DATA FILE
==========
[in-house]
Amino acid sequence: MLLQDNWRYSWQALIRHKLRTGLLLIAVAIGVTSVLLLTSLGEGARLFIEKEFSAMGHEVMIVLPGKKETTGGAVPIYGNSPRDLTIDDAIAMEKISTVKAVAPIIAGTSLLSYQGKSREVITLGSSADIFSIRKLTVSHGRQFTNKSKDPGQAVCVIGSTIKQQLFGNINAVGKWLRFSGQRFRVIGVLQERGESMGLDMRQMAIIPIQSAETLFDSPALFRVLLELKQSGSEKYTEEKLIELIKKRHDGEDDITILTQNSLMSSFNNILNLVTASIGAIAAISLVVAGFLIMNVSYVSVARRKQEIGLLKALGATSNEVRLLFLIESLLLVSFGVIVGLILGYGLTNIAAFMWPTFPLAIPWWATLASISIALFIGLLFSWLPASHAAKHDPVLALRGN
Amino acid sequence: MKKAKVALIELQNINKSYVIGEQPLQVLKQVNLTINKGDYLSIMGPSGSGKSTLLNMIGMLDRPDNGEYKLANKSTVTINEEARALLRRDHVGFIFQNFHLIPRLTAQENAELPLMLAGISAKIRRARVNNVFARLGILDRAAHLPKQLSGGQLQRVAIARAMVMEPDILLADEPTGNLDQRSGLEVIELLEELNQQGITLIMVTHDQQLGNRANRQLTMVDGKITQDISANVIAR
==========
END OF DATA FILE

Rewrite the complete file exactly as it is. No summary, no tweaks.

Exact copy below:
[in-house]
Amino acid sequence: MLLQDNWRYSWQALIRHKLRTGLLLIAVAIGVTSVLLLTSLGEGARLFIEKEFSAMGHEVMIVLPGKKETTGGAVPIYGNSPRDLTIDDAIAMEKISTVKAVAPIIAGTSLLSYQGKSREVITLGSSADIFSIRKLTVSHGRQFTNKSKDPGQAVCVIGSTIKQQLFGNINAVGKWLRFSGQRFRVIGVLQERGESMGLDMRQMAIIPIQSAETLFDSPALFRVLLELKQSGSEKYTEEKLIELIKKRHDGEDDITILTQNSLMSSFNNILNLVTASIGAIAAISLVVAGFLIMNVSYVSVARRKQEIGLLKALGATSNEVRLLFLIESLLLVSFGVIVGLILGYGLTNIAAFMWPTFPLAIPWWATLASISIALFIGLLFSWLPASHAAKHDPVLALRGN
Amino acid sequence: MKKAKVALIELQNINKSYVIGEQPLQVLKQVNLTINKGDYLSIMGPSGSGKSTLLNMIGMLDRPDNGEYKLANKSTVTINEEARALLRRDHVGFIFQNFHLIPRLTAQENAELPLMLAGISAKIRRARVNNVFARLGILDRAAHLPKQLSGGQLQRVAIARAMVMEPDILLADEPTGNLDQRSGLEVIELLEELNQQGITLIMVTHDQQLGNRANRQLTMVDGKITQDISANVIAR